An Exploration of the Use of Emotional Discourse in Parliamentary Deliberations: A Critical Discourse Approach

An Exploration of the Use of Emotional Discourse in Parliamentary Deliberations: A Critical Discourse Approach

Magret Jongore (Bindura University of Science Education, Zimbabwe)
Copyright: © 2019 |Pages: 23
DOI: 10.4018/978-1-5225-8094-2.ch010
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In Parliament, problem-solving argumentation calls for several thresholds of proof. This chapter presents the Rhetoric of Parliamentary. The role of such rhetoric is to articulate political motives and legitimize political action. This therefore calls for a review of language use as a concrete display of power: securing political power, challenging it, competing for it, or defending and consolidating it. In socio-historical periods marked by significant paradigm shifts and political polarizations, parliaments have played a decisive role in benchmarking current societal issues and exposing party-political agendas by debating the pros and cons of alternative political solutions. The chapter with the use of critical discourse analysis (CDA) reveals forms of power inherent in this discourse. CDA as a theoretical framework insists that there is no language that is neutral. Thus, CDA unravels unequal power relations, ideological inclinations and hegemony parliamentary discourse of this chapter.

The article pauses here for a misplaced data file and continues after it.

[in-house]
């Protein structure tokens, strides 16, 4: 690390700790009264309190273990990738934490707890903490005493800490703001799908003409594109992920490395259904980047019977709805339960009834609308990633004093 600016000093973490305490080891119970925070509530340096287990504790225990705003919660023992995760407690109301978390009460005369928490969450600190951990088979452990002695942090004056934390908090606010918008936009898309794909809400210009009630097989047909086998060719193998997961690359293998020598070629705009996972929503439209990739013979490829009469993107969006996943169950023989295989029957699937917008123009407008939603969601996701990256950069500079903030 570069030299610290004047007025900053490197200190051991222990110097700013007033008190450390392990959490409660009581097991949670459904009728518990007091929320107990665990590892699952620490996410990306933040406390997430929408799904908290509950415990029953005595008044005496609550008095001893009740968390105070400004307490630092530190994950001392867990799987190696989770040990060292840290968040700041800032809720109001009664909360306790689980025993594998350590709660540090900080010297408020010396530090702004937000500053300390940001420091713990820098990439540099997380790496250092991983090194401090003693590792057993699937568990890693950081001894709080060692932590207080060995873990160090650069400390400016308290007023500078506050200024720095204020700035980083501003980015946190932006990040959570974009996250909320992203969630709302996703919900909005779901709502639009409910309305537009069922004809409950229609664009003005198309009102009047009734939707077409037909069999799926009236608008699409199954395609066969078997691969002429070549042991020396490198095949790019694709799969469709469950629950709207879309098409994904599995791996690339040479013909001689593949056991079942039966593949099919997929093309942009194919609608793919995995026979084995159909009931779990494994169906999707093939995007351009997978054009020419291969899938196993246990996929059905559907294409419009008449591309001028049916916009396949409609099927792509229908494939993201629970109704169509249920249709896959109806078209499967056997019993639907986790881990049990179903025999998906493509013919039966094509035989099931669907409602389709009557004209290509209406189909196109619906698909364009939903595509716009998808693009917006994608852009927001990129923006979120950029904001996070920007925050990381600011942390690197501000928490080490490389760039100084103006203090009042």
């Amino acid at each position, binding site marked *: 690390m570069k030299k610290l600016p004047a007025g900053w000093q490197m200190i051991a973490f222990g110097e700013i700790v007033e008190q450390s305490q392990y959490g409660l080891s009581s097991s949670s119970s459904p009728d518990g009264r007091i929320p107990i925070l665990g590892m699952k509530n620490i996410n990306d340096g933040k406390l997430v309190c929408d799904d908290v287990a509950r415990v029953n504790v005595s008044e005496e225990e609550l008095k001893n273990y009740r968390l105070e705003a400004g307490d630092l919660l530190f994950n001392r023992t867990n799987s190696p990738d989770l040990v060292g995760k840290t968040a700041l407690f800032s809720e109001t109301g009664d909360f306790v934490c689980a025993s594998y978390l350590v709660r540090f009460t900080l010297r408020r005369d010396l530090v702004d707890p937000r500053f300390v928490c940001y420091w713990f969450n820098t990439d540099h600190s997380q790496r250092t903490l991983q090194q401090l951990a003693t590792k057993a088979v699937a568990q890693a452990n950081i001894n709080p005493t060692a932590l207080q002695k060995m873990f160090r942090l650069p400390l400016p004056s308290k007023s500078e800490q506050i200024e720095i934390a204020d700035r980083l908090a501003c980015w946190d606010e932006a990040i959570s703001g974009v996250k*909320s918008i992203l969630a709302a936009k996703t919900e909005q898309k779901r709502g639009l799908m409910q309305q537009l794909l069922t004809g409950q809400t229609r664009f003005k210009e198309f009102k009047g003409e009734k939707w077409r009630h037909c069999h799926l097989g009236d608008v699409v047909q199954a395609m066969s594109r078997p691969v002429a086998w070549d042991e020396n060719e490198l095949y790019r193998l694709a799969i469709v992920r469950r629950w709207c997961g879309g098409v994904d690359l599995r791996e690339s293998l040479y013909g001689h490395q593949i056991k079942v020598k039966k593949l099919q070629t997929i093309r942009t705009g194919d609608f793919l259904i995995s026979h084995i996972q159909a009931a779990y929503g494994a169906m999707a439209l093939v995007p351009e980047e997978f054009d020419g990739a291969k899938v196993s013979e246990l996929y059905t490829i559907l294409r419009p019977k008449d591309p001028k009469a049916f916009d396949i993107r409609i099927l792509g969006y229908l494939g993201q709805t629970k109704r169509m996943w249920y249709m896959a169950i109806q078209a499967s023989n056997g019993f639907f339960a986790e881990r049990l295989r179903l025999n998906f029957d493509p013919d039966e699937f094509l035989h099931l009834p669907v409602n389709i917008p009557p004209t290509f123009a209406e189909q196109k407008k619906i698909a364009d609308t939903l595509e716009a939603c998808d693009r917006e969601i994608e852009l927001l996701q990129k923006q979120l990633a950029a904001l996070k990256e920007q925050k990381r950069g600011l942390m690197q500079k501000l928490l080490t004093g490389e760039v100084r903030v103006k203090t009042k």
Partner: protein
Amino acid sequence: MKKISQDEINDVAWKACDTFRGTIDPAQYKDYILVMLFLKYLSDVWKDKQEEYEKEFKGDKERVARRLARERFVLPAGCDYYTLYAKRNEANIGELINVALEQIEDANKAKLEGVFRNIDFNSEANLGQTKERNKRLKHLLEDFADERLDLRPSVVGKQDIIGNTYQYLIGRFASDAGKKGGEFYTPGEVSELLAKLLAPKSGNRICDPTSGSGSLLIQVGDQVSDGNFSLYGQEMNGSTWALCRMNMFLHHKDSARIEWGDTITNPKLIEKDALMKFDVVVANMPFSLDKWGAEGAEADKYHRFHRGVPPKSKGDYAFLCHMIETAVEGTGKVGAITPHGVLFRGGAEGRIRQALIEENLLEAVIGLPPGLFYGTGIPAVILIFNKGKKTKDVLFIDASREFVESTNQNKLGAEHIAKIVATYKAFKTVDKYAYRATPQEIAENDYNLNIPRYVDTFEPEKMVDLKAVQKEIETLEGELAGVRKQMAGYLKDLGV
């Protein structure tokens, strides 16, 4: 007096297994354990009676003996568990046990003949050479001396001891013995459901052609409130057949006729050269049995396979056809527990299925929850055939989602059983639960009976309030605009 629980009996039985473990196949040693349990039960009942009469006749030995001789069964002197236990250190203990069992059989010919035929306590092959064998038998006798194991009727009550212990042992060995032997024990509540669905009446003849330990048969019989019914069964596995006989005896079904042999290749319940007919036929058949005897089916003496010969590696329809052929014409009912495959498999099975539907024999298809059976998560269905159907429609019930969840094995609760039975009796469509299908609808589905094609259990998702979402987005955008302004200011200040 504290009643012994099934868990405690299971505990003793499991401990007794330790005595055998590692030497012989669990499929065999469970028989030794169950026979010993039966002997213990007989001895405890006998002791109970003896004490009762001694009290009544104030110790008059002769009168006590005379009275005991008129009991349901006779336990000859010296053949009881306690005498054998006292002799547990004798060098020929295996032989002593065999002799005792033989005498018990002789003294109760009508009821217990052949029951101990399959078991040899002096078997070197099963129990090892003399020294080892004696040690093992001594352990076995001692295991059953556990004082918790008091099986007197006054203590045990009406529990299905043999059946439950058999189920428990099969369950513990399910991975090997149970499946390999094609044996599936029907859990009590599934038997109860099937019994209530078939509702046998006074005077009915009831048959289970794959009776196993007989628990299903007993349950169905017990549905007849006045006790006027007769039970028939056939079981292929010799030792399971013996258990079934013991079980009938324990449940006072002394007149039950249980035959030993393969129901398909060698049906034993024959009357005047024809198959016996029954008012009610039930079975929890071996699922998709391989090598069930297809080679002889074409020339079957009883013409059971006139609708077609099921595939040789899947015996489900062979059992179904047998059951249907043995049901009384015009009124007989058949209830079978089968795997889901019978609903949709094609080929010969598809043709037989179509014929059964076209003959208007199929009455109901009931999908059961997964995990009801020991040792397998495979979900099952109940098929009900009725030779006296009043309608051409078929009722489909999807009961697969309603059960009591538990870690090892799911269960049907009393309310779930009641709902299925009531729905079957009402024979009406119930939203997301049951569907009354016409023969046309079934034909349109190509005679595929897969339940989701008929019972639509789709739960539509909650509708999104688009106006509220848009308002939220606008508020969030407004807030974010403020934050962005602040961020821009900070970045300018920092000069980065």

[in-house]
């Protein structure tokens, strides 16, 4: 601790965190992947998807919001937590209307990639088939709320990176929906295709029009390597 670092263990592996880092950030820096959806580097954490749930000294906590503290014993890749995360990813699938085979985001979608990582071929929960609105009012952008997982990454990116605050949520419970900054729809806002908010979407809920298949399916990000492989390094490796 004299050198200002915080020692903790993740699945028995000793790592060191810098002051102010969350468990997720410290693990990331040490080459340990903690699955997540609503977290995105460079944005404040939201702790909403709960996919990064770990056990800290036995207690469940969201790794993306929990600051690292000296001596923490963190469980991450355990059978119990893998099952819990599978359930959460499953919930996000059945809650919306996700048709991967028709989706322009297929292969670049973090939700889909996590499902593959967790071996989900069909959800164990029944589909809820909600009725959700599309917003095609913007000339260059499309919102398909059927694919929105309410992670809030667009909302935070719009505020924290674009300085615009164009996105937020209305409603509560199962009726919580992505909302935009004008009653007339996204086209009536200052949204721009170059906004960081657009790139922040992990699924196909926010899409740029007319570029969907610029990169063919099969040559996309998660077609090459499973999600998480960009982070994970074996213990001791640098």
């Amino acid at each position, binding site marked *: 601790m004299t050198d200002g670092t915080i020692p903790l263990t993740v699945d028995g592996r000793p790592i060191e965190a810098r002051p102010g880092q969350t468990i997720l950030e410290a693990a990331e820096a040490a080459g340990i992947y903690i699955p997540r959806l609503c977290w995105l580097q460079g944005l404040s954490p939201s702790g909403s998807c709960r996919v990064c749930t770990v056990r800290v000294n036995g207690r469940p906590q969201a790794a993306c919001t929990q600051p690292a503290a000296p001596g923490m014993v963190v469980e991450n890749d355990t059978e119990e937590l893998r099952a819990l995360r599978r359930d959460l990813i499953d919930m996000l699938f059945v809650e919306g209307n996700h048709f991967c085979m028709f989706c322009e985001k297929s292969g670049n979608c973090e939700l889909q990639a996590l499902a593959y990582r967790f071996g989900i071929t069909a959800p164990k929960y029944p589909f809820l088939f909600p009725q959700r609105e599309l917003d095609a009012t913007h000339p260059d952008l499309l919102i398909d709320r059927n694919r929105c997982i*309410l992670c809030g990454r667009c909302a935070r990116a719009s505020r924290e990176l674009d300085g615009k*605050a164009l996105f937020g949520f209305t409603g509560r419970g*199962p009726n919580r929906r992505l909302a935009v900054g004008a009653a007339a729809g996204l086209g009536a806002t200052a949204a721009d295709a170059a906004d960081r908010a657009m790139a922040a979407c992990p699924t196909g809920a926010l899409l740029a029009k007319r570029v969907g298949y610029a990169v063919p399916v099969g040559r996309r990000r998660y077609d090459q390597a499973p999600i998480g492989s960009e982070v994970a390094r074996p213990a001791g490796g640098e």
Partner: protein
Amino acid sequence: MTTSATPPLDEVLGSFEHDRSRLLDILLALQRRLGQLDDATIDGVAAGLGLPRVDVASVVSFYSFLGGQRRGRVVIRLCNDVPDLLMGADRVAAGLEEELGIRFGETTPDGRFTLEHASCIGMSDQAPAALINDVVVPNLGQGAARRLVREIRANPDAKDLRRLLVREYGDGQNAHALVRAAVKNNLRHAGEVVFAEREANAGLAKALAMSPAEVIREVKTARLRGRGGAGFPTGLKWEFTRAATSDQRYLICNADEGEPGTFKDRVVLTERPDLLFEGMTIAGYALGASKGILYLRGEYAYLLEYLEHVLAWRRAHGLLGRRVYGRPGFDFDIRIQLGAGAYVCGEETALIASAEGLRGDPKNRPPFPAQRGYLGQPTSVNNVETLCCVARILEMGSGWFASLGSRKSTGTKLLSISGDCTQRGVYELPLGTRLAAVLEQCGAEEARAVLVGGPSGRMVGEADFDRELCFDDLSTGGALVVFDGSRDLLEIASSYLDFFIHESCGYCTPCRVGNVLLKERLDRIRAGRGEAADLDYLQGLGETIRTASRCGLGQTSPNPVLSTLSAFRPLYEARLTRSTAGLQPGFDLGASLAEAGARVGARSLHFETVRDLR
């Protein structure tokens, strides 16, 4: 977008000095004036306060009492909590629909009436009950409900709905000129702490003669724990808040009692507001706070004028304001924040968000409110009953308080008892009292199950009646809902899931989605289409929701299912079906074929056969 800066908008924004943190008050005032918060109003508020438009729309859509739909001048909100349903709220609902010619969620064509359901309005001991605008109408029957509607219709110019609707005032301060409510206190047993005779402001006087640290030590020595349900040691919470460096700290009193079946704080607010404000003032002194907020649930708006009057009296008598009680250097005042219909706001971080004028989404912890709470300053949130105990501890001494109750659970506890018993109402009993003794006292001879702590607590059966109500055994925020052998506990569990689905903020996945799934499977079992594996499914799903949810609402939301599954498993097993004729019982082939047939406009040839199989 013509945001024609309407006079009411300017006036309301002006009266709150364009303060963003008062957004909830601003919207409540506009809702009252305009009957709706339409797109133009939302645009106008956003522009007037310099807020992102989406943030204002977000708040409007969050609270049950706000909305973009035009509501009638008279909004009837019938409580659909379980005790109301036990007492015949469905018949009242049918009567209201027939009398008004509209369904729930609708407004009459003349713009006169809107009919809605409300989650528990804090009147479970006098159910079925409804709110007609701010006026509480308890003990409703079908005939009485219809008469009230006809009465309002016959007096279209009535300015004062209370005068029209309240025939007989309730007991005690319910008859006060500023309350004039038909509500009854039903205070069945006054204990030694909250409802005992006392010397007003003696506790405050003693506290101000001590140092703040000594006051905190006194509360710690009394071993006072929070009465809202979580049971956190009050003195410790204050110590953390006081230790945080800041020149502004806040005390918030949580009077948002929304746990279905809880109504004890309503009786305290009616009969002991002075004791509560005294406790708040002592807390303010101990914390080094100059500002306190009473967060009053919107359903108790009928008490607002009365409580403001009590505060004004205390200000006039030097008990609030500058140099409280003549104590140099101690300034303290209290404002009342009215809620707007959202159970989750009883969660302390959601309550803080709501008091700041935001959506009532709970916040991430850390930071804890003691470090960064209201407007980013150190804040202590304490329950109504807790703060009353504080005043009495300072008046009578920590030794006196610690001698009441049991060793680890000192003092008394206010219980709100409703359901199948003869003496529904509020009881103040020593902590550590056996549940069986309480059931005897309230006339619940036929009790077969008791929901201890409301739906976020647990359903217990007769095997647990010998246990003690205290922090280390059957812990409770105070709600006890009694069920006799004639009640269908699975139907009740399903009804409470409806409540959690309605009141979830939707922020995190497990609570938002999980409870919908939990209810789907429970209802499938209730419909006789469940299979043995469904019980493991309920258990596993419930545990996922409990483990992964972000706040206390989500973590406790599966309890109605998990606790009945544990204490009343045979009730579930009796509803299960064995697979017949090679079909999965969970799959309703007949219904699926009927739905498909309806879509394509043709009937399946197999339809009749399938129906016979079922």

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The chapter makes use of the Zimbabwe Parliamentary discourse which is in agreement with the universal mandate as provided by The Administration of Parliament (n.d.). This source insists that, universally, the mandate of Parliaments may be generally described as legislative, representational and oversight in nature as well as judicial to some extent. These core functions have evolved over millennia and in their present form; they chiefly comprise legislation, consent to taxation and control of public expenditure, debate on government policy and scrutiny of government administration. However, before a detailed comparative enunciation of the roles of parliament, it is important for one to understand the constitutional mandate of Parliament as derived from the new Constitution of Zimbabwe that was passed by the Parliament of Zimbabwe on the 15th of May 2013 and assented to by His Excellency the President on the 22nd of May 2013.

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